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The Soulful Crossover of Kamasi Washington

David Fricke reflects on the rapid artistic and commercial growth of Kamasi Washington

Kamasi Washington

In late February, during an interview for another magazine, I asked the saxophone colossus Sonny Rollins a question about jazz and the pop mainstream-basically, how much crossover is too much? “I came up in the golden days,” he said, gazing across his living room in upstate New York at the photographs of Lester Young, Art Blakey and Louis Armstrong on the opposite wall. “But when Miles changed and did more rock things, I was in favor of that, of people doing whatever they can do. I played with electric guitars, Fender Rhodes piano. I was also reviled for that. But I always felt music was open, and you should be able to do anything.”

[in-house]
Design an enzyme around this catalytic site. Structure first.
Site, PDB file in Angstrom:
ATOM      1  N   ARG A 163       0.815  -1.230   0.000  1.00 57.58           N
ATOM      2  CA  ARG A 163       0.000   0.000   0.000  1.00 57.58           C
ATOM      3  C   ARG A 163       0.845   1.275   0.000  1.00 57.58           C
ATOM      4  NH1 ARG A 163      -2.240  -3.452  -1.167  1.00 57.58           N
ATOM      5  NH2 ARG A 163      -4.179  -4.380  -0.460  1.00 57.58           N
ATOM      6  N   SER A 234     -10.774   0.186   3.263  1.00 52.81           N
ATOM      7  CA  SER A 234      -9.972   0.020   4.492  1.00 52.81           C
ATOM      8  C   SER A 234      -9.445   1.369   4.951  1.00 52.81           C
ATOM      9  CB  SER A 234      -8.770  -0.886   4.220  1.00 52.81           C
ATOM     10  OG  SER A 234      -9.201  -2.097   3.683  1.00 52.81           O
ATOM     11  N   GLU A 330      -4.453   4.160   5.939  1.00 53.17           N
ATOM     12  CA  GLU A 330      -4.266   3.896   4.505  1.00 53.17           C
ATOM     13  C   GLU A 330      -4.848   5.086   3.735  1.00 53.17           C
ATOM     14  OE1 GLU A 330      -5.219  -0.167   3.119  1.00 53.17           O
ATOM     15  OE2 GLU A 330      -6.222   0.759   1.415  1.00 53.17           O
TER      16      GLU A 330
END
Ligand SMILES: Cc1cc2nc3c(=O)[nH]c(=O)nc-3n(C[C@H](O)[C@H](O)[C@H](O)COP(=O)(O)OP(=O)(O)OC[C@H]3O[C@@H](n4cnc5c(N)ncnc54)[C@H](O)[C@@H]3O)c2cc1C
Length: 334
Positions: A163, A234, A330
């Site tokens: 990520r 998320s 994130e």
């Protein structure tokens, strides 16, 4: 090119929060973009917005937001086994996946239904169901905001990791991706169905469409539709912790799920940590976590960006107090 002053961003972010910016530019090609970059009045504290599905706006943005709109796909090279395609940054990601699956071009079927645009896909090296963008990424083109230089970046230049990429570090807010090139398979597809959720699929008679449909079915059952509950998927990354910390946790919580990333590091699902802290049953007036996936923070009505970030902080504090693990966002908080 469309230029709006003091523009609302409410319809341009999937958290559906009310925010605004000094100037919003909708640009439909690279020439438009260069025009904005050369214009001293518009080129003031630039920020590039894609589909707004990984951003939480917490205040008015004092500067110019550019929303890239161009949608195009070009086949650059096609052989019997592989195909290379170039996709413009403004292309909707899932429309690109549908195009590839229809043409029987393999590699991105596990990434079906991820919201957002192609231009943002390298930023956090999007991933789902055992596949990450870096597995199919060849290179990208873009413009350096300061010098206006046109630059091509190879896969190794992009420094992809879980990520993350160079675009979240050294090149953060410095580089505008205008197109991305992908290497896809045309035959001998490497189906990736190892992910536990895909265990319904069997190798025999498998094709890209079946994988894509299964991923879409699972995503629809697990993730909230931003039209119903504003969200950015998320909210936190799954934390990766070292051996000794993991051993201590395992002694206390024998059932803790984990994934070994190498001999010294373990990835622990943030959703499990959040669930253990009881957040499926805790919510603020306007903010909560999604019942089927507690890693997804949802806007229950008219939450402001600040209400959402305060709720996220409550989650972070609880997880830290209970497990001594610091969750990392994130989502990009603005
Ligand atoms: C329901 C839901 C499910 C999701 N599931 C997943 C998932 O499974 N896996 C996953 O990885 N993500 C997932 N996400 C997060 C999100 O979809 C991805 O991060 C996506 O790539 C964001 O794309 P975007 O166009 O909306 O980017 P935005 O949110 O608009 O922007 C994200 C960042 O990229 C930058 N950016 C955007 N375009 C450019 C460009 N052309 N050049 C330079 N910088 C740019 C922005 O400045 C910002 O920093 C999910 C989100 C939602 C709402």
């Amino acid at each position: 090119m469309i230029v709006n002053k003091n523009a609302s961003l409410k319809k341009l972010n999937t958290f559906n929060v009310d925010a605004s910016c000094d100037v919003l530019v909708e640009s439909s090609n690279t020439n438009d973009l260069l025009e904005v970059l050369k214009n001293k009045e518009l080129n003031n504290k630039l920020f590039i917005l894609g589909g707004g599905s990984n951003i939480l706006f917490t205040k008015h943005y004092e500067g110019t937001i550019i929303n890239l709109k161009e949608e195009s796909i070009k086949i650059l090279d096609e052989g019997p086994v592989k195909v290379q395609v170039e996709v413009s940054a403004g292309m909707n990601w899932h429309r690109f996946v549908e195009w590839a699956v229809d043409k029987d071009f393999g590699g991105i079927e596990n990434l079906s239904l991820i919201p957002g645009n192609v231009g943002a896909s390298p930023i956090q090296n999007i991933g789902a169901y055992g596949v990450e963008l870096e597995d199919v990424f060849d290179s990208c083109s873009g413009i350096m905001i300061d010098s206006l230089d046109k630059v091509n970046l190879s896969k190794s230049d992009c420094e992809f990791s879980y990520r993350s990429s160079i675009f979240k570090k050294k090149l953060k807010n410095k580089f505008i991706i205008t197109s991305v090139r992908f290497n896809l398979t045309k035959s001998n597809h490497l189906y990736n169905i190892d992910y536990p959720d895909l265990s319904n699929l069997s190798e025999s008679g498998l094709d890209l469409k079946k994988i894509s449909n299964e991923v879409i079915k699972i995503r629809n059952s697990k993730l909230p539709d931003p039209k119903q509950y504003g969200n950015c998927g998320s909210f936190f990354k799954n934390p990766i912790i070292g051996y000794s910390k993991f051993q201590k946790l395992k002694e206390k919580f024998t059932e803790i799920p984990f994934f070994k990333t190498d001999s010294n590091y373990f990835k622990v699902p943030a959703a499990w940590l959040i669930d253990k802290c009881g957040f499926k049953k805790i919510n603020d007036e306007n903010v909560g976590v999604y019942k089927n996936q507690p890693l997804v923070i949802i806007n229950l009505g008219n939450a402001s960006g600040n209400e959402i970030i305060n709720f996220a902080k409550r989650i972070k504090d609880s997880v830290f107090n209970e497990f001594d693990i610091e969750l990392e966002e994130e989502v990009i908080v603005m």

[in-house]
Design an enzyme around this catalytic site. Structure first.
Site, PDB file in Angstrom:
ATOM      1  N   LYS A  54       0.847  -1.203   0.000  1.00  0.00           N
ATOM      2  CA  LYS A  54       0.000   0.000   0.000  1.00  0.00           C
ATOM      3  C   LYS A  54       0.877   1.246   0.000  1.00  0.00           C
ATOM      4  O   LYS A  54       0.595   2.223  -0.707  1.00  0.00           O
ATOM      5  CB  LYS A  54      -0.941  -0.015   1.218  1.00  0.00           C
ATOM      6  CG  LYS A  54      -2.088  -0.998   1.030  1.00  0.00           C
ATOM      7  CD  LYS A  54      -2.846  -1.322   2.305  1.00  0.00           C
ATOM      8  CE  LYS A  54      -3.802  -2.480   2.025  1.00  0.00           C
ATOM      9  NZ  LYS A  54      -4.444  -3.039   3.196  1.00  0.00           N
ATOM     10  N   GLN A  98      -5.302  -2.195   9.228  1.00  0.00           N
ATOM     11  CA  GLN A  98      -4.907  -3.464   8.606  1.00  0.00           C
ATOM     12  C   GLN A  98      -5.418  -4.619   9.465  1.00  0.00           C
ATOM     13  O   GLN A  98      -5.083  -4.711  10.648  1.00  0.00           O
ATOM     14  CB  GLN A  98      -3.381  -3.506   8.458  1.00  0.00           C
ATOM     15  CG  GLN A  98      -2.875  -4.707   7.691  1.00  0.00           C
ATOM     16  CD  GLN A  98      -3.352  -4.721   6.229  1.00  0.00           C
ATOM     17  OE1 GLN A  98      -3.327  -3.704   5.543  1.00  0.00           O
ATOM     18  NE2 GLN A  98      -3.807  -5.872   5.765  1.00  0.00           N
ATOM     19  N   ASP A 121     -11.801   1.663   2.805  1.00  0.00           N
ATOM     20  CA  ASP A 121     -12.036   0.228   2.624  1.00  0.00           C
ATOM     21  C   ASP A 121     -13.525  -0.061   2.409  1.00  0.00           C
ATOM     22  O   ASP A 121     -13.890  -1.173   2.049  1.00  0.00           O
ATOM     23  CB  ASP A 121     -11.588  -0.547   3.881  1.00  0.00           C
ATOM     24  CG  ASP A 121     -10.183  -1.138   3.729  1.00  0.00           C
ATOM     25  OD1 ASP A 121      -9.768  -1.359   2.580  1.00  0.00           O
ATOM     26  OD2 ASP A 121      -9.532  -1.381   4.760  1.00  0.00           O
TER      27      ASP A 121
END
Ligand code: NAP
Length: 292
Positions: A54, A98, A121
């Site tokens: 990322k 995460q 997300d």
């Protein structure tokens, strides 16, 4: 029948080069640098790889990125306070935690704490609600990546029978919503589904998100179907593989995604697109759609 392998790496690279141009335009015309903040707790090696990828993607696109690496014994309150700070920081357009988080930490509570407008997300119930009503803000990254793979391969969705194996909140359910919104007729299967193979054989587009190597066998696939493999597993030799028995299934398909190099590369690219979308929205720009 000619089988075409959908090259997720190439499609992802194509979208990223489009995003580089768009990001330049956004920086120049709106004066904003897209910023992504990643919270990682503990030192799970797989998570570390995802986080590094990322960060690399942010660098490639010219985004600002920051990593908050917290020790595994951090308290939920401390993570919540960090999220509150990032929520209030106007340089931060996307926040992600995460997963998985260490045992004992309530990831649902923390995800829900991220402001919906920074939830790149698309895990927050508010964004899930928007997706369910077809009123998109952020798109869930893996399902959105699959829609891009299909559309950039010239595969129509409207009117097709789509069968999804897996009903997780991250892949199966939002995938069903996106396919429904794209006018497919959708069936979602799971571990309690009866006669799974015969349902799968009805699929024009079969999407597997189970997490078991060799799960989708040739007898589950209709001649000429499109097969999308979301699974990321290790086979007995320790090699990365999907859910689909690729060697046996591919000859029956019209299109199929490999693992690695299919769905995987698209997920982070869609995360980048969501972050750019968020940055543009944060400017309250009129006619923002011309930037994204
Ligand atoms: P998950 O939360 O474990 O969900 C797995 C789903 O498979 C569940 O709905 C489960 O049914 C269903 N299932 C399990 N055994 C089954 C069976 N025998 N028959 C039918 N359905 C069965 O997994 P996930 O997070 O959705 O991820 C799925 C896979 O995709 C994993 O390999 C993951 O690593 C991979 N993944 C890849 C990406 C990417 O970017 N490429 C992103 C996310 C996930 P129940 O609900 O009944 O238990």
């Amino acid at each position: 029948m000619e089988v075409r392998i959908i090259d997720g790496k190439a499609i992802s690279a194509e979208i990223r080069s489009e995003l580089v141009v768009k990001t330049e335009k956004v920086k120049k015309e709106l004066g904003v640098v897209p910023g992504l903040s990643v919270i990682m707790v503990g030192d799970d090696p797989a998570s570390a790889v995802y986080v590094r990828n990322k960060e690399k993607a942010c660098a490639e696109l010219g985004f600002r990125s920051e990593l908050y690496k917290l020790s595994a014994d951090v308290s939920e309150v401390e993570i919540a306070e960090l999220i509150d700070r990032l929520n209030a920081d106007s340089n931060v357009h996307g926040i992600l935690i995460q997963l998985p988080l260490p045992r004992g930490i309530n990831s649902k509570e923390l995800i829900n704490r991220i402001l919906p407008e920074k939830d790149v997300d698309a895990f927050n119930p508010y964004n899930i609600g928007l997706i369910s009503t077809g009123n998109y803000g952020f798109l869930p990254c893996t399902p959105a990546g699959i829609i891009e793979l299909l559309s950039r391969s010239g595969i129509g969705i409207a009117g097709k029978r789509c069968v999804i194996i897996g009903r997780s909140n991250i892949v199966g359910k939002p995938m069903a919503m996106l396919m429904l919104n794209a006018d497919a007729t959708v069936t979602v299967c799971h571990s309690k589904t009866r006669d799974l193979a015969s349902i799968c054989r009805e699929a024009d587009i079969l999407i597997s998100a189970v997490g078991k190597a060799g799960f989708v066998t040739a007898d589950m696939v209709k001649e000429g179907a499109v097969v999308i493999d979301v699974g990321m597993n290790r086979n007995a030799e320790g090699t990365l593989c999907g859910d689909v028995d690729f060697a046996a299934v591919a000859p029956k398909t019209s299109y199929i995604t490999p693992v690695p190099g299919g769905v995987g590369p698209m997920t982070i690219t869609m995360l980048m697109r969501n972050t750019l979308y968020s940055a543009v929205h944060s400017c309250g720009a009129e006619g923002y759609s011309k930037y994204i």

Rollins, whose credits include the Rolling Stones’ Tattoo You, acknowledged the high price of purism today. “Every time I talk to jazz musicians,” he said, “it’s, ‘Oh, man, there’s no work out there.'” Drawing from outside the niche for inspiration, a path forward and some just reward “should be considered as a way to go, if you can do it,” Rollins said emphatically. He also cited a hopeful example: Los Angeles tenor saxophonist Kamasi Washington’s 2015 debut album, a three-CD monument and new-year media sensation called The Epic. “I’ve got it. It’s great,” Rollins continued. “He’s coming out of a certain period”-mid-’60s spiritual John Coltrane-“but I think he’s growing more into himself.”

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